Regarding H2, the results reflect a lack of journalistic discipline in both media regarding the authorship of the images, in terms of copying, unauthorized distribution, and lack of attribution. The indeterminacy between the figures of producer and distributor gives rise to appropriation practices in which authorship is associated by default with the person who edits and distributes the photographs instead of being attributed to the original creator of the content. As for H3, despite the proliferation of a wide range of hypermedia resources, the fixed image continues to lead the graphic content. Also, the use of social networks in the photojournalism coverage of the Russo-Ukrainian war is part of the professional routine of the newspapers analyzed and focuses on the clipping of graphic resources for creating news about the war (57.58% of the articles in UP and 92.33% in RG).

One of the main findings of this research lies in the lack of transparency on the part of UP and RG in relation to visual content authorship. This alerts us to the unverifiable nature of a large part of the photographs taken from the social web. It is probable that those images in which the authorship is not specified (56.43% of the images of RG and 41.31% of UP) are non-professional photographs taken mainly by military personnel, emergency and State security services, and local residents –that is, we presuppose, due to the quality of the images, the vertical format (presumably taken from mobile devices) and the difficulty of accessing some of the locations–.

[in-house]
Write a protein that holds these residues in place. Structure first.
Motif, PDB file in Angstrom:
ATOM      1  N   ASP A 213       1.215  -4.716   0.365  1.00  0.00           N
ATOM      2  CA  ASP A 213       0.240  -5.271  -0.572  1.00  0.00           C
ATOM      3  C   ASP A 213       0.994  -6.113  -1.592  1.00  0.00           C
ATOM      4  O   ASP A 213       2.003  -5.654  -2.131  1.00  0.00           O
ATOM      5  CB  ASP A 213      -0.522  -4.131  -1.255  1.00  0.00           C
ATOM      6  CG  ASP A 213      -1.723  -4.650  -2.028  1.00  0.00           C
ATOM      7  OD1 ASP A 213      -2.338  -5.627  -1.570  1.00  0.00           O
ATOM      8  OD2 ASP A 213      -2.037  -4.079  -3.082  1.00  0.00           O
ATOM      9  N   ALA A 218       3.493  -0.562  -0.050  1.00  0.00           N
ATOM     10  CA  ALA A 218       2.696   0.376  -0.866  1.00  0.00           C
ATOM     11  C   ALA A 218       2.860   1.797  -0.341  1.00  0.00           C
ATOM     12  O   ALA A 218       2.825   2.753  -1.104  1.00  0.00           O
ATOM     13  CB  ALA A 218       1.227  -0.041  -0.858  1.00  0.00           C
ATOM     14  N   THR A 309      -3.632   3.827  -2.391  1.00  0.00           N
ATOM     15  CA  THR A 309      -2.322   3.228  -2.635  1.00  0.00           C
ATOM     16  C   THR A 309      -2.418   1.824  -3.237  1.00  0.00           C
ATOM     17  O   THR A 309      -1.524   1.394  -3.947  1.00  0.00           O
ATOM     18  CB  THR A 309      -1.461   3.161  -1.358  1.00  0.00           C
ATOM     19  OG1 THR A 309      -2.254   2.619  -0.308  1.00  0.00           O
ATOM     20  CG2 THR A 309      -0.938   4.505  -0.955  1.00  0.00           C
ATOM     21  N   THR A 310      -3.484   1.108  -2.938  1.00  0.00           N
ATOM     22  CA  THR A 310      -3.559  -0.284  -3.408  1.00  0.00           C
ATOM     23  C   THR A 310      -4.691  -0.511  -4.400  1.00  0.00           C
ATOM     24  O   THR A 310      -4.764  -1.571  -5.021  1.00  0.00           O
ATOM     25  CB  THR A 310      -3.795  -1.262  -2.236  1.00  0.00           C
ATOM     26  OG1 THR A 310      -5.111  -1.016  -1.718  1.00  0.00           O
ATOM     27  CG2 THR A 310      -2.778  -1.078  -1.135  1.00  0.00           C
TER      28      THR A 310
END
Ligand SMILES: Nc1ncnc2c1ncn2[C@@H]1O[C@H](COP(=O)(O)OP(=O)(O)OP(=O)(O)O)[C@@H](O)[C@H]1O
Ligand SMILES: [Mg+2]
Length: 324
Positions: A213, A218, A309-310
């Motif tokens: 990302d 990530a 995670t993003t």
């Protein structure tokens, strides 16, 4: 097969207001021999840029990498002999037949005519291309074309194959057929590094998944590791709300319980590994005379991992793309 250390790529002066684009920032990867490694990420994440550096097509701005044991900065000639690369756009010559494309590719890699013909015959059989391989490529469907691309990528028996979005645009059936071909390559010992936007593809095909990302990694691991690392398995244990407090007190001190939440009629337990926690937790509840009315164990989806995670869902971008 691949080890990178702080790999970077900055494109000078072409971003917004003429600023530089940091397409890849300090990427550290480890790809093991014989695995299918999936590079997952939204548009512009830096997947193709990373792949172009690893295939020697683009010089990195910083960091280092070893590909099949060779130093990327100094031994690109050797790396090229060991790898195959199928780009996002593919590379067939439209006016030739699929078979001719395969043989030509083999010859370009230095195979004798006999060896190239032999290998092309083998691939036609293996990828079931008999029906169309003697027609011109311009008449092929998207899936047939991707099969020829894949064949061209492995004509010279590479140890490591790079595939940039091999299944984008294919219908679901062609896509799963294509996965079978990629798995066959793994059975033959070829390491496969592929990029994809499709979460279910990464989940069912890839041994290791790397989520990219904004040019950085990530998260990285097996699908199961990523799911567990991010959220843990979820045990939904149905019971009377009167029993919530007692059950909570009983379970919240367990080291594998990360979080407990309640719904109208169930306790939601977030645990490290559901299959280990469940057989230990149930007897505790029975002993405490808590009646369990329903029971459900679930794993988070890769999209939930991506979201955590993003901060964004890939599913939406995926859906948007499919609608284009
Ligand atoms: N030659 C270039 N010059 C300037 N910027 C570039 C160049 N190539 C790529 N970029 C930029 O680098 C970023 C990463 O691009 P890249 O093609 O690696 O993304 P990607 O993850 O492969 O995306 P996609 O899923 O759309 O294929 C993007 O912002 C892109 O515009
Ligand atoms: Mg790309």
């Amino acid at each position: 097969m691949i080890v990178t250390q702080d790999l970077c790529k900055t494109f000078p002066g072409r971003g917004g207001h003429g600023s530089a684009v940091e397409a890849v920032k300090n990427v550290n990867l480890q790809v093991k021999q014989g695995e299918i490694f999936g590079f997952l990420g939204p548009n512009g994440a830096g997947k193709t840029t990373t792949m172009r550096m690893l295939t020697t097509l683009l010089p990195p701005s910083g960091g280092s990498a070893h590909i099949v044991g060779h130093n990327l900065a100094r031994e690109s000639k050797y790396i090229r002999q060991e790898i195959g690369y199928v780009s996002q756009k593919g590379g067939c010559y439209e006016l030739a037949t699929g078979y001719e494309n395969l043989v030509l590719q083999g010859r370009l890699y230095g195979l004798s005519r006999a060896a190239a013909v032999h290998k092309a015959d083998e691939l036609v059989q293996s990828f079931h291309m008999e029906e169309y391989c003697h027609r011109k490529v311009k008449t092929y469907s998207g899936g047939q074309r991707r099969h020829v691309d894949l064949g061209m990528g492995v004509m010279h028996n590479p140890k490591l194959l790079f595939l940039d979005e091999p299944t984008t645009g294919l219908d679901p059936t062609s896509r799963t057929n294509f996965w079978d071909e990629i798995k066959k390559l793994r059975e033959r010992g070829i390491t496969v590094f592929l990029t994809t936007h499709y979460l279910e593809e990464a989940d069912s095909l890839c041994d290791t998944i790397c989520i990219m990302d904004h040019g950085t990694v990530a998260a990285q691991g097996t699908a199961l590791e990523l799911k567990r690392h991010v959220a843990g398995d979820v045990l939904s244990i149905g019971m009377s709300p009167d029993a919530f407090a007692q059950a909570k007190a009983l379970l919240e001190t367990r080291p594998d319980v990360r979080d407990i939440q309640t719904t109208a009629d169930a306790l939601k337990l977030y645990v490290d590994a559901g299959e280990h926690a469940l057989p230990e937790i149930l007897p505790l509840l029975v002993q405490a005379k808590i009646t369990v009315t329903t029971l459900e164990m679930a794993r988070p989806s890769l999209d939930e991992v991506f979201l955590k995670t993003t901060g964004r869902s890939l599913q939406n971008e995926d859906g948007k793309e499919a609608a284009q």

This reality requires the accomplishment of a series of measures to fight against digital illiteracy both on the part of professionals and users to promote the use of social networks as a source of information instead of merely a distribution channel:

  • Insert an explanatory caption including the author, distributor, place, date, circumstances in which the photograph was taken, alterations or cuts.

  • Distinguish between authorship and distribution.

  • Incorporate original content that includes EXIF ​​("Exchangeable Image File Format") data in order to prevent the images from losing relevant information about the capture (geolocation, time, camera properties, etc.).

  • Include hyperlinks to the original post of the image.

  • Verify the origin of the images by using visual content fact-checking tools (for example, Google Lens and InVID).

  • Support documentary photography of a narrative type to face the rise of “photo-news” or “photo-illustration".

  • Require ethical responsibility from those people and entities that participate in the selection, search, and dissemination of photographs.

  • Take care of the relationship with users by promoting co-creative dynamics based on transmedia communication. It requires an update of the information verification processes.

  • Retrieve the graphic editor instead of reinforcing the role of the “multitask” reporter.

  • Develop media-digital literacy initiatives that provide a basic knowledge of the elements of visual language both to the public and to professionals.

This new media ecology requires a more active role from the user, who is implicitly displaced by the duty to evaluate and corroborate the quality of a wide – even unfathomable – range of information on offer. In future research, it is intended to delve into the proposal of edu-communicative guidelines for the prevention of this modus operandi based on the presumption of a high level of digital literacy of citizens in hypertextual skills that generates a "media hyper-responsibility". It also relegates the function of the journalist to that of a mere intermediary between primary sources and users. Based on the data collected, we verified that the presence of the social networks in the photojournalistic coverage of the Russo-Ukrainian war corresponds to the category of a feigned collaborative journalism. The UGC is still a minority, overshadowed by what we call «false collaborative sources», consisting of the appropriation of the Social Web by part of institutional sources to reinforce their messages through the colonization of the fifth estate. (1)